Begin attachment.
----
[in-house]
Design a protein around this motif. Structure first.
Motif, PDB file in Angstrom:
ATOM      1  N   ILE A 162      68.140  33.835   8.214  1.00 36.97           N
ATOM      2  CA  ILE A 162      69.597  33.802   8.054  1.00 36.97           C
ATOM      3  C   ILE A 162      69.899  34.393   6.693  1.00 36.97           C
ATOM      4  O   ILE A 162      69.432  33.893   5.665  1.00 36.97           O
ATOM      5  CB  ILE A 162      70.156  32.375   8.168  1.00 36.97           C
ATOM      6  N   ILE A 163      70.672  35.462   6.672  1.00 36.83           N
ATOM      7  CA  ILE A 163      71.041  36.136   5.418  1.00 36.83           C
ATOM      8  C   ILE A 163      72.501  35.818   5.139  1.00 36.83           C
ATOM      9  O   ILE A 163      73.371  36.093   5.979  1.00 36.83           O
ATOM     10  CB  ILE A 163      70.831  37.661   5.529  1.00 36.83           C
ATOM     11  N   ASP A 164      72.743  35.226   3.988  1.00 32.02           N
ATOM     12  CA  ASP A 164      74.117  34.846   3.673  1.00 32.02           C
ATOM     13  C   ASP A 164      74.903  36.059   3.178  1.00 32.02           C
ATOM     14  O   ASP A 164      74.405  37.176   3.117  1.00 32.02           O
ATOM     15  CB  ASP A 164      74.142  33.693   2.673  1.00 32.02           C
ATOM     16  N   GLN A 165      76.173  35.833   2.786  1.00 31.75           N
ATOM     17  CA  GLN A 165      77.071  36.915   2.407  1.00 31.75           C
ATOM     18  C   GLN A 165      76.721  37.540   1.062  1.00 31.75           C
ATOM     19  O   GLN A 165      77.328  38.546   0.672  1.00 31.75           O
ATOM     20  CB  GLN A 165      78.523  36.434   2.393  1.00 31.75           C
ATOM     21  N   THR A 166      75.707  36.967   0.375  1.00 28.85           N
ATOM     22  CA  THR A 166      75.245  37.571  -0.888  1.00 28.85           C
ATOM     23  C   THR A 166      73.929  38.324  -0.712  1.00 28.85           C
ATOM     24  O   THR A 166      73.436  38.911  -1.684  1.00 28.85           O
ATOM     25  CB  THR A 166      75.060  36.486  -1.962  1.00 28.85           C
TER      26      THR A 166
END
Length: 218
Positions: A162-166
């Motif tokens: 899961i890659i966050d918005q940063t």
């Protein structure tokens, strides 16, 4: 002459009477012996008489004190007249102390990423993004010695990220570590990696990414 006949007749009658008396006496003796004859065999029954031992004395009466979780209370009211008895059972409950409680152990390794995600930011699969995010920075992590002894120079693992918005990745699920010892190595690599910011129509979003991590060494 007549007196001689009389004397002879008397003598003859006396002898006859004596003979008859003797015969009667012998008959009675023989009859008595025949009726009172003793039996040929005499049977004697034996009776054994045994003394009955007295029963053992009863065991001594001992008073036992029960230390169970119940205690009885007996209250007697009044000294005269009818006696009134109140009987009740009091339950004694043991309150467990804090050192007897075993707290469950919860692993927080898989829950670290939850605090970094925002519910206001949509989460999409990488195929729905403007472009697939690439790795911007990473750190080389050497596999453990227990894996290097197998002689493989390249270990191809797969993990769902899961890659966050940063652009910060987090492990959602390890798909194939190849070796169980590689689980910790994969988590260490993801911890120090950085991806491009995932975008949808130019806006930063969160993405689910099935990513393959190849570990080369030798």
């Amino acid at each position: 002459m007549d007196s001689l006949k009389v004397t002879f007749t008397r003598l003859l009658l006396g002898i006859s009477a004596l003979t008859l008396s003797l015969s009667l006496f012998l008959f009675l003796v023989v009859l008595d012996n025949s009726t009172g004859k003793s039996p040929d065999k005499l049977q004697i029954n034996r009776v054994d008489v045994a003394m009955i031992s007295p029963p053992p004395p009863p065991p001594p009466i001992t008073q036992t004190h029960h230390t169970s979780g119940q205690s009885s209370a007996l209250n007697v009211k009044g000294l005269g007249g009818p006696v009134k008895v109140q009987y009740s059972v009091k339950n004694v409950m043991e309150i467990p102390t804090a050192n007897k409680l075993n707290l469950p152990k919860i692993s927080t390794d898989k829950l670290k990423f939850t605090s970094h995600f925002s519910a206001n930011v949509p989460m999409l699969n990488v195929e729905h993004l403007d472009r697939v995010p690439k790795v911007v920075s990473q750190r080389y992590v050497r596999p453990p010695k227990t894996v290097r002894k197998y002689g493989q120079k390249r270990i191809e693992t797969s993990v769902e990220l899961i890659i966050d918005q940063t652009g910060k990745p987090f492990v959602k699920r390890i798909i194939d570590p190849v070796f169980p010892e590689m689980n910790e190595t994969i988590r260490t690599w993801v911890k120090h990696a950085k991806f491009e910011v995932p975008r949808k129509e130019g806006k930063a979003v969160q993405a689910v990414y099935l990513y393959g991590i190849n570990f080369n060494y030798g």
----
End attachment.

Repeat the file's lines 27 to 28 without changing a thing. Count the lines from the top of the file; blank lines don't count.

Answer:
ATOM     24  O   THR A 166      73.436  38.911  -1.684  1.00 28.85           O
ATOM     25  CB  THR A 166      75.060  36.486  -1.962  1.00 28.85           C